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Packaging companies recently announced they will purchase recycled resin produced through ExxonMobil’s chemical recycling technology. | Katherine Welles/Shutterstock

Multiple companies announced they will be increasing their use of chemically recycled plastics in pursuit of their recycled-content goals, and a consumer goods group said it supports chemical recycling.

Amcor using more recycled PE

Amcor announced it will purchase recycled PE produced through ExxonMobil’s Exxtend technology. The company did not disclose how much it will buy.

The packaging company pledged that all of its packaging will be recyclable or reusable by 2025. In 2021, it used 113,000 metric tons of recycled material, a press release said.

“Amcor will leverage this new material across its global portfolio, providing customers in healthcare and food industries with more recycled content in a variety of solutions and applications,” the press release said.

Companies collaborate on flexible plastics

Packaging producer Sealed Air, ExxonMobil and Ahold Delhaize USA will partner to recycle flexible plastics from the food supply chain into new food-grade packaging.

The initiative is expected to begin this summer and scale over time, a press release said, and will also use ExxonMobil’s Exxtend technology.

Brittni Furrow, vice president of health and sustainability for grocery chain company Ahold Delhaize USA said the company is “eager to learn from this work and apply the learnings to advance our own plastics ambitions, but also advance these efforts broadly, helping to ensure a better tomorrow for our planet.”

Consumer goods consortium supports chemical recycling

The Consumer Goods Forum’s (CGF) Plastic Waste Coalition of Action published “Chemical Recycling in a Circular Economy for Plastics,” a paper that encourages the development of plastics recycling technologies in a credible, safe and environmentally sound way.

The group also published a life cycle assessment arguing that chemically recycling hard-to-recycle plastics could reduce the climate impact of plastic, when compared to waste-to-energy processes.

The coalition is “working to encourage recycling innovation to close the loop, including chemical recycling to complement the growing mechanical capacity,” a press release said.

To make sure chemical recycling is developed safely and in an environmentally friendly way, the paper suggests implementing material traceability and paying attention to yields, environmental impact, health and safety.

Colin Kerr, packaging director for Unilever, said in the press release that “as we continue to reduce the use of virgin plastic, new technologies such as chemical recycling can help drive up recycling rates and increase the availability of food-grade recycled materials.”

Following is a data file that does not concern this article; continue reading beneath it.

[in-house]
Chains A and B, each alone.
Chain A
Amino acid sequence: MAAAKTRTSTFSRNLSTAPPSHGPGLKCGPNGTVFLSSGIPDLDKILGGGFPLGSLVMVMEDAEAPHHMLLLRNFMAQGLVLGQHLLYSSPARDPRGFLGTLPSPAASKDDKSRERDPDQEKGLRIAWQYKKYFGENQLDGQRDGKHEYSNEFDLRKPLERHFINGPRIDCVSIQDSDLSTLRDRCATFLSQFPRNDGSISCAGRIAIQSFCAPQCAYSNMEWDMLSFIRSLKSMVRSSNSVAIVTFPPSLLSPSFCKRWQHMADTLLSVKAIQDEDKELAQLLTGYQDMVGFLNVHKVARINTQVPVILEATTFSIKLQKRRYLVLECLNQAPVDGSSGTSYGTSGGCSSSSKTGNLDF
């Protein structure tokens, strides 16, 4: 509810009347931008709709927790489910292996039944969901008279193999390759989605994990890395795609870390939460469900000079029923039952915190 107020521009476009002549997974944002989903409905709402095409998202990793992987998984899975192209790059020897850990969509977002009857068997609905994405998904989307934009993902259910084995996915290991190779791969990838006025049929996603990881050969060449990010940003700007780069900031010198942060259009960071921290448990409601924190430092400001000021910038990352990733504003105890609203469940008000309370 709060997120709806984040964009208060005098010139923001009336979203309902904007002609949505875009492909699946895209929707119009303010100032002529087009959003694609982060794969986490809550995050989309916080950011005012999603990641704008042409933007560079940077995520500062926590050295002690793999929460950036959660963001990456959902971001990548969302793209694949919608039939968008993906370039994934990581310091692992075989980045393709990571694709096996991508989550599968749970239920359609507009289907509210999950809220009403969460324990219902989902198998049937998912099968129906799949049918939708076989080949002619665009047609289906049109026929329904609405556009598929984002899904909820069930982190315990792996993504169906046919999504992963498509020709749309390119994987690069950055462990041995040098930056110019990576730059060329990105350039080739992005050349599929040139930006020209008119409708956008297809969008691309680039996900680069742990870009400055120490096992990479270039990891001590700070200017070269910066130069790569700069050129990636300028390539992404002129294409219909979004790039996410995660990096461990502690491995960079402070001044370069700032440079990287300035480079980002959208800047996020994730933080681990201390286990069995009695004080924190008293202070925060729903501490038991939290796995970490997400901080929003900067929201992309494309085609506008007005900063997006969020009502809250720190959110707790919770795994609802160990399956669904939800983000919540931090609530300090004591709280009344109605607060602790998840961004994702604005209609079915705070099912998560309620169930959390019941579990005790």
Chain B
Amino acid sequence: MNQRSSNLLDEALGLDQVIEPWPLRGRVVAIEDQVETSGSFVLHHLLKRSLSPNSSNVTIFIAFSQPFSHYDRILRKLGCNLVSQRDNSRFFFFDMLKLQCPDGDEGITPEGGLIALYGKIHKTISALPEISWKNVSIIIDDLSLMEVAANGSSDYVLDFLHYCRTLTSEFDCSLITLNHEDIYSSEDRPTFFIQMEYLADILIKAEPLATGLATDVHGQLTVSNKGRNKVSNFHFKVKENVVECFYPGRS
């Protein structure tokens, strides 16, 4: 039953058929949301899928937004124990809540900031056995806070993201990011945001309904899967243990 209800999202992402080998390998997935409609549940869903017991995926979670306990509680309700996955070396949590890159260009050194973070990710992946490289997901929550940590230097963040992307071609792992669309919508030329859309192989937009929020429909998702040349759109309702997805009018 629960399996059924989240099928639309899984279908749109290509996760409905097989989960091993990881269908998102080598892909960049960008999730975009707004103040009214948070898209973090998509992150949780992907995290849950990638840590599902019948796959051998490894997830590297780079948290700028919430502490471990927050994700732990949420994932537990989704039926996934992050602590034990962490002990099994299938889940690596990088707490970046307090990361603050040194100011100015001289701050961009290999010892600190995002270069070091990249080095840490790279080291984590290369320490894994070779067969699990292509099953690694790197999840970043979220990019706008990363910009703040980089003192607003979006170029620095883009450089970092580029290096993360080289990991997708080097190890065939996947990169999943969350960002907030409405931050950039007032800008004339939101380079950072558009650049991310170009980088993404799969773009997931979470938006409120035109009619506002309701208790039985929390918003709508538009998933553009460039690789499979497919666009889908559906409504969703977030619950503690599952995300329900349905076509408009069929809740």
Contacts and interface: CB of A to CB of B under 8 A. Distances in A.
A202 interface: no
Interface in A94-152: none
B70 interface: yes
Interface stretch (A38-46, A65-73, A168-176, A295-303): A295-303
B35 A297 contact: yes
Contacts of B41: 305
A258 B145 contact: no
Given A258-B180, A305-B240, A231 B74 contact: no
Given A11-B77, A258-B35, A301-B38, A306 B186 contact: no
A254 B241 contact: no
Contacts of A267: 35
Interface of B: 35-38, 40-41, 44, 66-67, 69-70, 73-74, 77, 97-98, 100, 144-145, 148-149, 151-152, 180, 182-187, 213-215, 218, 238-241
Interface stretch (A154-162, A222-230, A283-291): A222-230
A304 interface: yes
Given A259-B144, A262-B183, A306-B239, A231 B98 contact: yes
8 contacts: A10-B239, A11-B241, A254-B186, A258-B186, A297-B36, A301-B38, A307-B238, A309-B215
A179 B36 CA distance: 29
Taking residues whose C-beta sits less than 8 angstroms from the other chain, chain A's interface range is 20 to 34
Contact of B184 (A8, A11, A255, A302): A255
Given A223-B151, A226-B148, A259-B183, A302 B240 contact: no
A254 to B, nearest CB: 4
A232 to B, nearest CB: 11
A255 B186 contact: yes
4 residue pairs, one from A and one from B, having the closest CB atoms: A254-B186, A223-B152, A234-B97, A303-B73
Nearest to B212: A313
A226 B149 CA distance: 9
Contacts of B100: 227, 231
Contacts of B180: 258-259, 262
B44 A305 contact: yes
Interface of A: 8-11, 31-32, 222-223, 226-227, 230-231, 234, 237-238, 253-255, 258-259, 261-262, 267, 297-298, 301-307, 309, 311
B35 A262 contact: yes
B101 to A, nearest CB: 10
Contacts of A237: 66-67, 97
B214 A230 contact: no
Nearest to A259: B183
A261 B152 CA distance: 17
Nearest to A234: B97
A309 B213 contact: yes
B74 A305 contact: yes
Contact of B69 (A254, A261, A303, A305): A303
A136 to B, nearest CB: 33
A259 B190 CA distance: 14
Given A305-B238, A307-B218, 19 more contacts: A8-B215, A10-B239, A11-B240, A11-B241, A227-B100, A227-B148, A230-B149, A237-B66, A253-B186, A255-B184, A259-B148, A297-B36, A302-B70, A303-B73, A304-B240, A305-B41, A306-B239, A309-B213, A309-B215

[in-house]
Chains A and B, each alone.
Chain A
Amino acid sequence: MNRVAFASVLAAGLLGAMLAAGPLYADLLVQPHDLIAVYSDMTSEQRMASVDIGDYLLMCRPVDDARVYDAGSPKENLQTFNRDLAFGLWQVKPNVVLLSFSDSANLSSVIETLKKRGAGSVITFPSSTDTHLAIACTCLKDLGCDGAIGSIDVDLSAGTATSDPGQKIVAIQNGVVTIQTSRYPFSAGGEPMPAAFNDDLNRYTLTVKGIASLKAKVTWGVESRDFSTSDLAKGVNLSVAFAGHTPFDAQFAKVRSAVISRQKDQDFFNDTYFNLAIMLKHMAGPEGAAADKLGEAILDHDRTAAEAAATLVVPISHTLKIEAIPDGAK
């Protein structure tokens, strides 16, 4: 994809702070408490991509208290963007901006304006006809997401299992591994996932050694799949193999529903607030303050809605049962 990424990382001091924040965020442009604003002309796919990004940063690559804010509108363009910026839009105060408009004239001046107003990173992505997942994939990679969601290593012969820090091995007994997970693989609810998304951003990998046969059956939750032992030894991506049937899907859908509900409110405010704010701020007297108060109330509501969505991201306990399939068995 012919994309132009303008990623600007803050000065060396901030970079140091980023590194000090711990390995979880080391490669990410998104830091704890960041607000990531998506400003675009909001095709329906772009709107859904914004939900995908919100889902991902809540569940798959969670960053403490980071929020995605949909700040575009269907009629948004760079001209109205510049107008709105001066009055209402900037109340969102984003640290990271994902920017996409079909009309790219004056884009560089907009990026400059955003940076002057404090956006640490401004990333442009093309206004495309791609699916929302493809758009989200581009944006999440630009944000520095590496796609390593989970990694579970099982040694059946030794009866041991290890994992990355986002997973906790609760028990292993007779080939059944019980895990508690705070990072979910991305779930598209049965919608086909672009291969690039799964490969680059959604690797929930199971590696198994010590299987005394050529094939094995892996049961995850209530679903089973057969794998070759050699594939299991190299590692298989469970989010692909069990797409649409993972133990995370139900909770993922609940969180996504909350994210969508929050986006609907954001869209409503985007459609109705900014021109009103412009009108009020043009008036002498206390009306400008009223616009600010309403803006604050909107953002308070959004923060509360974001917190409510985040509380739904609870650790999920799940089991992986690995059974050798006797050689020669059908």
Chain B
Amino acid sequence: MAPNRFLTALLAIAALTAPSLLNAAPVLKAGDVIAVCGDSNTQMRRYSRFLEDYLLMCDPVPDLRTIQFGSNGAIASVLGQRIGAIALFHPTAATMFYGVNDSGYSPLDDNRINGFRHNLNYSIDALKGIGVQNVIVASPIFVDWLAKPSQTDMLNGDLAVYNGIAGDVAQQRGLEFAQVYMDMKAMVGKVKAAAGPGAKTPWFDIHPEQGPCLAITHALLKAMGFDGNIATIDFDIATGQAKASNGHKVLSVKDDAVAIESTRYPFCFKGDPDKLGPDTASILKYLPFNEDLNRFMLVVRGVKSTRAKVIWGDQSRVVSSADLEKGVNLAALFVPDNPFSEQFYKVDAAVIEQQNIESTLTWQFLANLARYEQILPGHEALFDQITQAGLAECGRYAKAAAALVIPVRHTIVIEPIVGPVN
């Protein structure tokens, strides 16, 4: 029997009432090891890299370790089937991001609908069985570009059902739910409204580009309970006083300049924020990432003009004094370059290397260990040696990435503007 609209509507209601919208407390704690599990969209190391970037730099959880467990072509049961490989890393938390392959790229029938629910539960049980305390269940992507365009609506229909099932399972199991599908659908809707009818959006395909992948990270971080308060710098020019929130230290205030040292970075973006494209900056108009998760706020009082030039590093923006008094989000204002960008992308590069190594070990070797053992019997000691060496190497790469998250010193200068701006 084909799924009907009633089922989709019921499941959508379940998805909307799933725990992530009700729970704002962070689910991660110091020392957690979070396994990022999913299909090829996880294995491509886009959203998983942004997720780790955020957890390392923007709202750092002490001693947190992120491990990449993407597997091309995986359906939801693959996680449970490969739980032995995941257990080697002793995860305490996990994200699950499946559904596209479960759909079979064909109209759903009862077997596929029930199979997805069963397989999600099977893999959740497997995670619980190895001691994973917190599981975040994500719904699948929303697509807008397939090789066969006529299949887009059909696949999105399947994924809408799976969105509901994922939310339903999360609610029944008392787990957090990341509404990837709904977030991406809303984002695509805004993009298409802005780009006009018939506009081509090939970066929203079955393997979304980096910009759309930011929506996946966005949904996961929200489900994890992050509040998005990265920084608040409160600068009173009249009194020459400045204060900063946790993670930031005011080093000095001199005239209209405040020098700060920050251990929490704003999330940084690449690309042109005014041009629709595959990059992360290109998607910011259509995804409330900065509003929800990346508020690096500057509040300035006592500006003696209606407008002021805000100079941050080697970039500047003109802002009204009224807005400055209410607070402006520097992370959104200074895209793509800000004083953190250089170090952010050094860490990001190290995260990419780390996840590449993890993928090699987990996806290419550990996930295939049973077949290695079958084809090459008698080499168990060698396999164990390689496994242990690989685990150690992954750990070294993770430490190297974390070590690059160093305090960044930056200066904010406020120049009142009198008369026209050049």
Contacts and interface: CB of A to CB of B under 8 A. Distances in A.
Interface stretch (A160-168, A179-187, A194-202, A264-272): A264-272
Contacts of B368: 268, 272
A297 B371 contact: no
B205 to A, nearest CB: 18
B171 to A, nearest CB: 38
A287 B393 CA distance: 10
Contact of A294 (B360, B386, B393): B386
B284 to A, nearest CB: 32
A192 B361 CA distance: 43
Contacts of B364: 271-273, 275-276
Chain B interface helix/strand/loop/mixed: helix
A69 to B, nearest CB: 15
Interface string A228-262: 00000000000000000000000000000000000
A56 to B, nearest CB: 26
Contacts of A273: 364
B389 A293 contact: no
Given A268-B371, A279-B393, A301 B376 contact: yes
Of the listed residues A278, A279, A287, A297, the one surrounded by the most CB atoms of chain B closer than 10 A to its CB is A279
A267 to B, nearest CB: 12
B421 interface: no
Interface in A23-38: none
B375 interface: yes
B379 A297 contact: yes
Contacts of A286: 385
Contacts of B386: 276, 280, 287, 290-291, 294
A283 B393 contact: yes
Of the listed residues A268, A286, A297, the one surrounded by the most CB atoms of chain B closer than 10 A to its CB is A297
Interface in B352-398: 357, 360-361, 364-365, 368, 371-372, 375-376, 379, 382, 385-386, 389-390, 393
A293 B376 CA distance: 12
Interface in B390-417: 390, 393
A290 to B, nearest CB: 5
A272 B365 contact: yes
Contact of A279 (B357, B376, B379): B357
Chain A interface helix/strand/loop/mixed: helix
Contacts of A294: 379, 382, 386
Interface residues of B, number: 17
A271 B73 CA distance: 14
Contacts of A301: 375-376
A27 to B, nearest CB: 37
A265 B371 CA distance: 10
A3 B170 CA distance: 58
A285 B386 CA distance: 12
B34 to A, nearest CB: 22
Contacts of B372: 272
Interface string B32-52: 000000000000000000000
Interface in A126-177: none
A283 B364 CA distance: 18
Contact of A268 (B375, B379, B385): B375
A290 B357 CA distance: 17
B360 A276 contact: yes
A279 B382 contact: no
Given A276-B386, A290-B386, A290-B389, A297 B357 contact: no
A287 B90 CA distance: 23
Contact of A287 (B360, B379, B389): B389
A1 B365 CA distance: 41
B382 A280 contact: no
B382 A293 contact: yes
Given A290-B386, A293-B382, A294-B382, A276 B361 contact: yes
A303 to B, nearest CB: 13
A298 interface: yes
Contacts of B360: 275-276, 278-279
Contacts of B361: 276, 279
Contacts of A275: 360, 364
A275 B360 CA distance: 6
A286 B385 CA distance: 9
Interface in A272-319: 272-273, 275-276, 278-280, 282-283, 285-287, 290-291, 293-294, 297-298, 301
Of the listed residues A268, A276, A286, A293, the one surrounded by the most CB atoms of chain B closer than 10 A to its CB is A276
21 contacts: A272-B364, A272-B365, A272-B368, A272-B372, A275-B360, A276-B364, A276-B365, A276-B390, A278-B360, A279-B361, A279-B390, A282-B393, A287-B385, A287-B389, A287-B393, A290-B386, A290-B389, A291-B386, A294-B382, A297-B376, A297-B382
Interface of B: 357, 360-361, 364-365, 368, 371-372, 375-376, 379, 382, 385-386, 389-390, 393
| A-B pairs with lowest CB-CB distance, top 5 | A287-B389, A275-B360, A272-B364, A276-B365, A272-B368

“The principles and life cycle assessment work from The Consumer Goods Forum is key to ensuring this can happen in a safe and environmentally sound way,” Kerr added.

Nova Chemicals, Enerkem pilot chemical recycling tech

Nova Chemicals and Enerkem have moved their Alberta-based chemical recycling technology to the pilot stage after getting 4.5 million Canadian dollars (about $3.5 million) from Alberta Innovates.

The funding from Alberta Innovates’ Technology Innovation and Emissions Reduction Economic Recovery Program allowed the companies to speed up construction of a pilot-scale reactor system to convert syngas from used, non-recyclable and non-compostable plastics to feedstocks for virgin-grade plastics, a press release said.

“By taking waste streams that are otherwise non-recyclable, we can complement mechanical recycling efforts and provide an important solution to close the gap between recycling targets and the important role plastics play in our daily lives,” said Michel Chornet, executive vice president of engineering, innovation and operations at Enerkem. “The project aims to expand the types of materials that can be recycled and increase recycling rates while reducing emissions from incineration.”

New Ohio chemical plant moves forward

Freepoint Eco-Systems is moving ahead in building a chemical recycling plant in Hebron, Ohio, after it got an International Sustainability and Carbon Certification (ISSC) PLUS Certificate.

The facility will convert about 90,000 tons of plastic per year into feedstock for the production of new plastic. It’s expected to come on-line in 2023.

ISCC is a certification organization for companies that want to create traceable supply chains for the circular economy.

“Obtaining ISCC certification represents a substantial commitment to environmental protection and sustainability,” a press release said.

According to the release, the certification is a five-step process with an impartial third-party auditor.

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